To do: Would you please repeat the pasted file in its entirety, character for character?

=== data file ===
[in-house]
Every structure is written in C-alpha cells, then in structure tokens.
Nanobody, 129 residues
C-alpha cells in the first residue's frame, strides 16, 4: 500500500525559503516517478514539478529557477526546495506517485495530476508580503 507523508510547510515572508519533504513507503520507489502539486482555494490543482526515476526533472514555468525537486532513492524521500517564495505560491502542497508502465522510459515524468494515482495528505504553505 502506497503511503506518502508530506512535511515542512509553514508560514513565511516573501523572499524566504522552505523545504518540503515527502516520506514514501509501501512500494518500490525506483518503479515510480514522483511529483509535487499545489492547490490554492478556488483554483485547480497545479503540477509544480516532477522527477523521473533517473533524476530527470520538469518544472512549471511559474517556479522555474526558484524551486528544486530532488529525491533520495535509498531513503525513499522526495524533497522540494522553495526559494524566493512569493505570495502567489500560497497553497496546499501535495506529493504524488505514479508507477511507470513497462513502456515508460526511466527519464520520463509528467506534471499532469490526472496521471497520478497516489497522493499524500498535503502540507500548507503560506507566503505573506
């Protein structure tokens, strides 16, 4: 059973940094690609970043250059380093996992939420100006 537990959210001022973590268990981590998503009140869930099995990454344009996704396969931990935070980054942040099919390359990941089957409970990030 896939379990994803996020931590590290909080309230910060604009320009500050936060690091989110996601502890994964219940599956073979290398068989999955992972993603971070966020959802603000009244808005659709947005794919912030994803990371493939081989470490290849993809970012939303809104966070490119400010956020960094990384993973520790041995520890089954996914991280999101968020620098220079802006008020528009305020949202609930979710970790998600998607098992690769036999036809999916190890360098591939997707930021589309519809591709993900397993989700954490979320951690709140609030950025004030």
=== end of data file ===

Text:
[in-house]
Every structure is written in C-alpha cells, then in structure tokens.
Nanobody, 129 residues
C-alpha cells in the first residue's frame, strides 16, 4: 500500500525559503516517478514539478529557477526546495506517485495530476508580503 507523508510547510515572508519533504513507503520507489502539486482555494490543482526515476526533472514555468525537486532513492524521500517564495505560491502542497508502465522510459515524468494515482495528505504553505 502506497503511503506518502508530506512535511515542512509553514508560514513565511516573501523572499524566504522552505523545504518540503515527502516520506514514501509501501512500494518500490525506483518503479515510480514522483511529483509535487499545489492547490490554492478556488483554483485547480497545479503540477509544480516532477522527477523521473533517473533524476530527470520538469518544472512549471511559474517556479522555474526558484524551486528544486530532488529525491533520495535509498531513503525513499522526495524533497522540494522553495526559494524566493512569493505570495502567489500560497497553497496546499501535495506529493504524488505514479508507477511507470513497462513502456515508460526511466527519464520520463509528467506534471499532469490526472496521471497520478497516489497522493499524500498535503502540507500548507503560506507566503505573506
């Protein structure tokens, strides 16, 4: 059973940094690609970043250059380093996992939420100006 537990959210001022973590268990981590998503009140869930099995990454344009996704396969931990935070980054942040099919390359990941089957409970990030 896939379990994803996020931590590290909080309230910060604009320009500050936060690091989110996601502890994964219940599956073979290398068989999955992972993603971070966020959802603000009244808005659709947005794919912030994803990371493939081989470490290849993809970012939303809104966070490119400010956020960094990384993973520790041995520890089954996914991280999101968020620098220079802006008020528009305020949202609930979710970790998600998607098992690769036999036809999916190890360098591939997707930021589309519809591709993900397993989700954490979320951690709140609030950025004030």